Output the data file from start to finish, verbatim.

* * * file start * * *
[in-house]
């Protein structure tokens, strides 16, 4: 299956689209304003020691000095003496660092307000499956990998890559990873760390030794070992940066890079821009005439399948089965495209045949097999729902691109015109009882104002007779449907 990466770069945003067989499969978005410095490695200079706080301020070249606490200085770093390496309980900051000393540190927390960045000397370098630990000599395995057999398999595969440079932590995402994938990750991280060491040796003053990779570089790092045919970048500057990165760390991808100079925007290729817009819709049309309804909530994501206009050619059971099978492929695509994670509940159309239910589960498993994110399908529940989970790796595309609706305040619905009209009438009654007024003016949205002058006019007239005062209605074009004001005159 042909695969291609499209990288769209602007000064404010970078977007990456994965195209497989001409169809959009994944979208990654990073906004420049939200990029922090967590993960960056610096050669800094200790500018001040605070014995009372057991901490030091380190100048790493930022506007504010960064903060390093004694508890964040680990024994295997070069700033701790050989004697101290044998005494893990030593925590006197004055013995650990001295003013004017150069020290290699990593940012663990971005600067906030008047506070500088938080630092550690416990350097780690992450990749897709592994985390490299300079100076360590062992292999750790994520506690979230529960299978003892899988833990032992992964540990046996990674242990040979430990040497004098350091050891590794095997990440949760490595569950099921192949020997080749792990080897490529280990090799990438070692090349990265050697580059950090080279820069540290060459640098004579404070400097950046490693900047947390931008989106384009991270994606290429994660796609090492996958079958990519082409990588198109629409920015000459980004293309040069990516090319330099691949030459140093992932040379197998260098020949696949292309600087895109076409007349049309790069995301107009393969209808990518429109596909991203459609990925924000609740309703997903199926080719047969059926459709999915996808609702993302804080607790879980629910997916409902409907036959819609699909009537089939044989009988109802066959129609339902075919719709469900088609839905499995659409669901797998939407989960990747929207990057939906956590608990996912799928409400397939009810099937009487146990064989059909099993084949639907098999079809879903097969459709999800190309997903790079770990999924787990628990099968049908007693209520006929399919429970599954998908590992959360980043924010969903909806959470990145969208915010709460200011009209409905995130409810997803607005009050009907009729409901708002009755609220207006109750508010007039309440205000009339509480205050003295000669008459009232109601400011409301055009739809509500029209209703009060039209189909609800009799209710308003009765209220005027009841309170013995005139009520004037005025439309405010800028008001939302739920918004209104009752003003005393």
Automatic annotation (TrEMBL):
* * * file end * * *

[in-house]
């Protein structure tokens, strides 16, 4: 299956689209304003020691000095003496660092307000499956990998890559990873760390030794070992940066890079821009005439399948089965495209045949097999729902691109015109009882104002007779449907 990466770069945003067989499969978005410095490695200079706080301020070249606490200085770093390496309980900051000393540190927390960045000397370098630990000599395995057999398999595969440079932590995402994938990750991280060491040796003053990779570089790092045919970048500057990165760390991808100079925007290729817009819709049309309804909530994501206009050619059971099978492929695509994670509940159309239910589960498993994110399908529940989970790796595309609706305040619905009209009438009654007024003016949205002058006019007239005062209605074009004001005159 042909695969291609499209990288769209602007000064404010970078977007990456994965195209497989001409169809959009994944979208990654990073906004420049939200990029922090967590993960960056610096050669800094200790500018001040605070014995009372057991901490030091380190100048790493930022506007504010960064903060390093004694508890964040680990024994295997070069700033701790050989004697101290044998005494893990030593925590006197004055013995650990001295003013004017150069020290290699990593940012663990971005600067906030008047506070500088938080630092550690416990350097780690992450990749897709592994985390490299300079100076360590062992292999750790994520506690979230529960299978003892899988833990032992992964540990046996990674242990040979430990040497004098350091050891590794095997990440949760490595569950099921192949020997080749792990080897490529280990090799990438070692090349990265050697580059950090080279820069540290060459640098004579404070400097950046490693900047947390931008989106384009991270994606290429994660796609090492996958079958990519082409990588198109629409920015000459980004293309040069990516090319330099691949030459140093992932040379197998260098020949696949292309600087895109076409007349049309790069995301107009393969209808990518429109596909991203459609990925924000609740309703997903199926080719047969059926459709999915996808609702993302804080607790879980629910997916409902409907036959819609699909009537089939044989009988109802066959129609339902075919719709469900088609839905499995659409669901797998939407989960990747929207990057939906956590608990996912799928409400397939009810099937009487146990064989059909099993084949639907098999079809879903097969459709999800190309997903790079770990999924787990628990099968049908007693209520006929399919429970599954998908590992959360980043924010969903909806959470990145969208915010709460200011009209409905995130409810997803607005009050009907009729409901708002009755609220207006109750508010007039309440205000009339509480205050003295000669008459009232109601400011409301055009739809509500029209209703009060039209189909609800009799209710308003009765209220005027009841309170013995005139009520004037005025439309405010800028008001939302739920918004209104009752003003005393």
Automatic annotation (TrEMBL):